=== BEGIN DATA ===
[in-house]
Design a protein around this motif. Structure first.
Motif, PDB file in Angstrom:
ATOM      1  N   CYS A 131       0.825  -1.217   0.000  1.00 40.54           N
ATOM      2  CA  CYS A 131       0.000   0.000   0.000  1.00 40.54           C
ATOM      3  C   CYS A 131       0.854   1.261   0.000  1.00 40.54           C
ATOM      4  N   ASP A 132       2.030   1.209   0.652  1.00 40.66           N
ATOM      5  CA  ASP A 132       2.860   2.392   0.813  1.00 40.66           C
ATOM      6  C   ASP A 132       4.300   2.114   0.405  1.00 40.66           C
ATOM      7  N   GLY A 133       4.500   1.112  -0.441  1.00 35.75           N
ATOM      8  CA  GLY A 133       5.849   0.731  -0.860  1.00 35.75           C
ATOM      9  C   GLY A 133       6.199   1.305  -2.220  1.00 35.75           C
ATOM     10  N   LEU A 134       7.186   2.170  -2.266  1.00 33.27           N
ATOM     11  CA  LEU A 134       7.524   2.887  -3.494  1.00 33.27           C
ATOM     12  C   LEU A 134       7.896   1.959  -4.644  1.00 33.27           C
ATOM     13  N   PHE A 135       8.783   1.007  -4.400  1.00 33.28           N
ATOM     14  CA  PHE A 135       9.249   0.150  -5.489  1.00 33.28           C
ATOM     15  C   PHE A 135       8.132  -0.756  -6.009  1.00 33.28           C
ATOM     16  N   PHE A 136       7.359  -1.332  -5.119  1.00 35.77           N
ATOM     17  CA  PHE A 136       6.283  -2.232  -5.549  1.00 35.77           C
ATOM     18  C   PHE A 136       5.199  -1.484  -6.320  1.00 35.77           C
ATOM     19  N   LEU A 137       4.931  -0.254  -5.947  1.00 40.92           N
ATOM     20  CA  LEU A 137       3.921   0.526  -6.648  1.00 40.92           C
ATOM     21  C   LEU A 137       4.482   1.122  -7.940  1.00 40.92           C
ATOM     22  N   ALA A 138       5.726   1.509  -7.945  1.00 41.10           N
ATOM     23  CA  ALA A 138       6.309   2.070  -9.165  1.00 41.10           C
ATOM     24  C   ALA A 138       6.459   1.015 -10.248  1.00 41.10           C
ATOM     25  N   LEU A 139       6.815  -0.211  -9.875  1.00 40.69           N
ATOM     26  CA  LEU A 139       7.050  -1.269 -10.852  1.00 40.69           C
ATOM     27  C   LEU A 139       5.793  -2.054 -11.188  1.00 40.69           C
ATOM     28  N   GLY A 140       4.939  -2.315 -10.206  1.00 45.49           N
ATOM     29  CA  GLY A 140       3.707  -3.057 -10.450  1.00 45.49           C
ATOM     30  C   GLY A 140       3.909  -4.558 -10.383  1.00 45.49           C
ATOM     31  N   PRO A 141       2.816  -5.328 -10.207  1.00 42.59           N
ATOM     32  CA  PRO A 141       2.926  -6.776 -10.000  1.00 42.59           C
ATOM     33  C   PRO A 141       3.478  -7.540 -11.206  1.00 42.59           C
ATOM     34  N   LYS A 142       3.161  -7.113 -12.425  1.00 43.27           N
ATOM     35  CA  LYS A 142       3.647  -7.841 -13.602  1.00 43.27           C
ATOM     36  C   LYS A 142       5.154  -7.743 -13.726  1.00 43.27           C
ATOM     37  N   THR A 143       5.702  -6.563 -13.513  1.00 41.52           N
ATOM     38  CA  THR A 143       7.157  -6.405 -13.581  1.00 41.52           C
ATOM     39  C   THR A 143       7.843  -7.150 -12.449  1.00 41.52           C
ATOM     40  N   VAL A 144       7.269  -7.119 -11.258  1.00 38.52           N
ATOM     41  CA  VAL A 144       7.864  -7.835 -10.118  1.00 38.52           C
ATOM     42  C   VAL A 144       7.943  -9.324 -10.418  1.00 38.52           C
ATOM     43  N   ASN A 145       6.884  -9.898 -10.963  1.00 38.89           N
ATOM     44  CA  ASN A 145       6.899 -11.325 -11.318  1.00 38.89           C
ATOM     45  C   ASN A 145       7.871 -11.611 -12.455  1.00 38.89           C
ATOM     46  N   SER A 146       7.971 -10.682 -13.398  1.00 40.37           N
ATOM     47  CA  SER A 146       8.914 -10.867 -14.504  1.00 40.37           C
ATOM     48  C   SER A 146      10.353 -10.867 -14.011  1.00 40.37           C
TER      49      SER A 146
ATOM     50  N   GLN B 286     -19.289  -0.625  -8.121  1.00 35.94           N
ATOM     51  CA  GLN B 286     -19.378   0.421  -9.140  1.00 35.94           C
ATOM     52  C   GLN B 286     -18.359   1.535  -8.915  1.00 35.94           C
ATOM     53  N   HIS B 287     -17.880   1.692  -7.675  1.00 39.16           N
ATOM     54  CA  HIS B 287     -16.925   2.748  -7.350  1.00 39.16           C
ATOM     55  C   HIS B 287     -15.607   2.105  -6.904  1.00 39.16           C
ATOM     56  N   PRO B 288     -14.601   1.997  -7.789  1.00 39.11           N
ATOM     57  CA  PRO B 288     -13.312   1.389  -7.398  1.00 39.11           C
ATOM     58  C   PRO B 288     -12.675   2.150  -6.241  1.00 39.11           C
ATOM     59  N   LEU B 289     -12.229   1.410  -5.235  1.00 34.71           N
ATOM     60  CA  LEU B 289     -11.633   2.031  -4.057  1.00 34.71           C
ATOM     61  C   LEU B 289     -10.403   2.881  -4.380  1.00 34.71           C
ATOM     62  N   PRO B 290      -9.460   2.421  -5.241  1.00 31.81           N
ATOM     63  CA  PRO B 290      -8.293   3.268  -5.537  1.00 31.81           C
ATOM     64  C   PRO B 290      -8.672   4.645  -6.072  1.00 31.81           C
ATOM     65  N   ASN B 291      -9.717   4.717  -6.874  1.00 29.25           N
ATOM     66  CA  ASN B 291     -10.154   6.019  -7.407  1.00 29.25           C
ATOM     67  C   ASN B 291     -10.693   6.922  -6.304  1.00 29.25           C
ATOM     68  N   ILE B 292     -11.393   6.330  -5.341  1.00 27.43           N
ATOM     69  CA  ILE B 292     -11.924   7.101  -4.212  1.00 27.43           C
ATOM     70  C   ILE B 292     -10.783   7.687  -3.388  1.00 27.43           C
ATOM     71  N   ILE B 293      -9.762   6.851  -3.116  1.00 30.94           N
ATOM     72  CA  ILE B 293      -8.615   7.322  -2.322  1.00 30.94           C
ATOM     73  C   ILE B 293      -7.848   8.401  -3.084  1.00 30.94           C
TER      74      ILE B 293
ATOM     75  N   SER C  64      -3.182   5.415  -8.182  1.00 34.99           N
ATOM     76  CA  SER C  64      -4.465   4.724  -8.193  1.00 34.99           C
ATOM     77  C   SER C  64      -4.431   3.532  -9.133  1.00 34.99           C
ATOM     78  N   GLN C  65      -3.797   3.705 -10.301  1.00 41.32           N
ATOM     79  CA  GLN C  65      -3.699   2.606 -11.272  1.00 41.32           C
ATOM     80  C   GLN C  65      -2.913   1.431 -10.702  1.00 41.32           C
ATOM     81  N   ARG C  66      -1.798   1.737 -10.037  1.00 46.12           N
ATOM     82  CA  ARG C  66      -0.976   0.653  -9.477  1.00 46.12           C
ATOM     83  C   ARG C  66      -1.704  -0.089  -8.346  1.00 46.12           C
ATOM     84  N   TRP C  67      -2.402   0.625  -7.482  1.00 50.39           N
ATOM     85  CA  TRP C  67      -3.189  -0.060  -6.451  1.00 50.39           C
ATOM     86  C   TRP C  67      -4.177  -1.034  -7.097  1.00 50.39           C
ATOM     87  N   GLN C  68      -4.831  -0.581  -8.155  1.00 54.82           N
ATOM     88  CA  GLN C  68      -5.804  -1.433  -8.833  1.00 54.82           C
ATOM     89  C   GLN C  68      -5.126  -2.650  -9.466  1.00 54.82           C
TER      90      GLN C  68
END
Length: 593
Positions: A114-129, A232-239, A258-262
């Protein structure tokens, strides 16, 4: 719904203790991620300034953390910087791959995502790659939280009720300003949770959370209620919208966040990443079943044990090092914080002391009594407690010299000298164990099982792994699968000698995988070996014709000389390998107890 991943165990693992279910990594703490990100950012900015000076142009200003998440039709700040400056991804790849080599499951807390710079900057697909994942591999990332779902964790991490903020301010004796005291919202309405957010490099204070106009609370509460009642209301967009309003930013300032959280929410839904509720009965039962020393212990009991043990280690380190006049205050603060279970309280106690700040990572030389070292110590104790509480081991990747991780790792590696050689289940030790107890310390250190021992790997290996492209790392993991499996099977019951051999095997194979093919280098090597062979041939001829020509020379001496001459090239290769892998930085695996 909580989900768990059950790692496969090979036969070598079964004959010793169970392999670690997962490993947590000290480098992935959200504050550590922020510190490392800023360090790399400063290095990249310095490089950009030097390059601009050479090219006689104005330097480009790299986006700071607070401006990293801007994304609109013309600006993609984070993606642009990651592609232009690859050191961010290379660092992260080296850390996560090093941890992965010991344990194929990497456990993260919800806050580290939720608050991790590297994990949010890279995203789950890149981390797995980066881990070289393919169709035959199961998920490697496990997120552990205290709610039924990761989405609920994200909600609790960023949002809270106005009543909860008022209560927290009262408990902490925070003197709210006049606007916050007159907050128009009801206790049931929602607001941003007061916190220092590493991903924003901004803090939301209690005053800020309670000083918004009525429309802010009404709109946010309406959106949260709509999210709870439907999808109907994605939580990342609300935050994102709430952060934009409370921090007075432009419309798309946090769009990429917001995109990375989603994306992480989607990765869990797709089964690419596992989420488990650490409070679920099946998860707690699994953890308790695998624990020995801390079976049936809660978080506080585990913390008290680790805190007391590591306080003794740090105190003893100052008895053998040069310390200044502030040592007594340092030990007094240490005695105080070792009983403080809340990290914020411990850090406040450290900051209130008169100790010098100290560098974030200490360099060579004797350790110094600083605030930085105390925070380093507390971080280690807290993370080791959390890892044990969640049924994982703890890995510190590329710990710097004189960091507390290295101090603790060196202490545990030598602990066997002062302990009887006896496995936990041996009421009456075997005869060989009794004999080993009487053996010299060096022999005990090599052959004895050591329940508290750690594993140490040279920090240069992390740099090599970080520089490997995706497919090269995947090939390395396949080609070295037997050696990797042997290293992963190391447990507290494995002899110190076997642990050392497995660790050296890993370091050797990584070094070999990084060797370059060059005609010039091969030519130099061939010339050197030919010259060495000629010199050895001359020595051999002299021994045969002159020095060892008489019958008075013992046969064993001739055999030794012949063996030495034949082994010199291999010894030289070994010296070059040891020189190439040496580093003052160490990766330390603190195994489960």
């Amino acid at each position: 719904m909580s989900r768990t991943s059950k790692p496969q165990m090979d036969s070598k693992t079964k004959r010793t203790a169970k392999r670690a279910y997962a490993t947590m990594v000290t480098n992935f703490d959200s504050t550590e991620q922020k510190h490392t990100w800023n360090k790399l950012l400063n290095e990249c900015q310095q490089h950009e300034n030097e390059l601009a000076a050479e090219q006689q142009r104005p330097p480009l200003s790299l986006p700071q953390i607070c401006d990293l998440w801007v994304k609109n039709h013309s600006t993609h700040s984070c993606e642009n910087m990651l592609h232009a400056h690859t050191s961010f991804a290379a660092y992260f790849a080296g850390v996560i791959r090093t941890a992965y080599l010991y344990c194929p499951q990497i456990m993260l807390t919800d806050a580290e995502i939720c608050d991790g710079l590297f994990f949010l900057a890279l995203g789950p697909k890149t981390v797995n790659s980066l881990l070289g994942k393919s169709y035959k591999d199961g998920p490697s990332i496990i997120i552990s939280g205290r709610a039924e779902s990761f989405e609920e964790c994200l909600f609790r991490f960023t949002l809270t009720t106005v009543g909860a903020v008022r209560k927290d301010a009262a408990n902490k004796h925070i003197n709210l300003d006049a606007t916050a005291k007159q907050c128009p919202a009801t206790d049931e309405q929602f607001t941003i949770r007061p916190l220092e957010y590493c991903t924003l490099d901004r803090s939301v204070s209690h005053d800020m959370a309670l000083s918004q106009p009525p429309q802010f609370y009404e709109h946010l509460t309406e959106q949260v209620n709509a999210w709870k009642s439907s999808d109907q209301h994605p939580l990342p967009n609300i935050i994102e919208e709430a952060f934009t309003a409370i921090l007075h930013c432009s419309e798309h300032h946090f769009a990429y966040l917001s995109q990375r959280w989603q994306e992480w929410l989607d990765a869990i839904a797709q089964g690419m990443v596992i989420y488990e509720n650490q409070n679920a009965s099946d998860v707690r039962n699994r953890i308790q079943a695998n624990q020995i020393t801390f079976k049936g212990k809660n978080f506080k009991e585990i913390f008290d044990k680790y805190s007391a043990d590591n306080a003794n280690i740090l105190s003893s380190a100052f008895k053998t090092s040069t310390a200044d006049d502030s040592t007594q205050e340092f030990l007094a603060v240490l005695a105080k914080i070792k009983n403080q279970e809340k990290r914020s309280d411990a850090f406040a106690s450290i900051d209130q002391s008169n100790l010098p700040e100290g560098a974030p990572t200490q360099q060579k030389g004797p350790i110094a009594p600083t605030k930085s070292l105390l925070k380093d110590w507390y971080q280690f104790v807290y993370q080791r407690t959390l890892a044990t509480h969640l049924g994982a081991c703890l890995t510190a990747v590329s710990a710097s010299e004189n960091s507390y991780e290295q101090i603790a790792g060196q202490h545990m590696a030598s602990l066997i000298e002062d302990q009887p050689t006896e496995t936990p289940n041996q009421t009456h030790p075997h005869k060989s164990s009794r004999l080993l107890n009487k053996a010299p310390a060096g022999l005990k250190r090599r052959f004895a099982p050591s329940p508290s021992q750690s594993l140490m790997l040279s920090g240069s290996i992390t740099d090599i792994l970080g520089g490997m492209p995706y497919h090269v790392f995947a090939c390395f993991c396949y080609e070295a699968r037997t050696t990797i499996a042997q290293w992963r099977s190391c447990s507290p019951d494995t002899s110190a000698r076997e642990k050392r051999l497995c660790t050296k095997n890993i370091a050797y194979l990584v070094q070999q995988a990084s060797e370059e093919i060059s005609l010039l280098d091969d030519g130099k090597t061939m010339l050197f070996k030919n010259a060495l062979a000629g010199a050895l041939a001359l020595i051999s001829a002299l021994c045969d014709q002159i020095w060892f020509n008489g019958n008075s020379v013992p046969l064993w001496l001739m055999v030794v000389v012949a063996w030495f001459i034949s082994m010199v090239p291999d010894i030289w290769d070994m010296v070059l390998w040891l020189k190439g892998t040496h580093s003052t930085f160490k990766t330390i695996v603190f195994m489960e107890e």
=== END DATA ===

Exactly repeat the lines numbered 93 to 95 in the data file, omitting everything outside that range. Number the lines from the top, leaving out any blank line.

TER      90      GLN C  68
END
Length: 593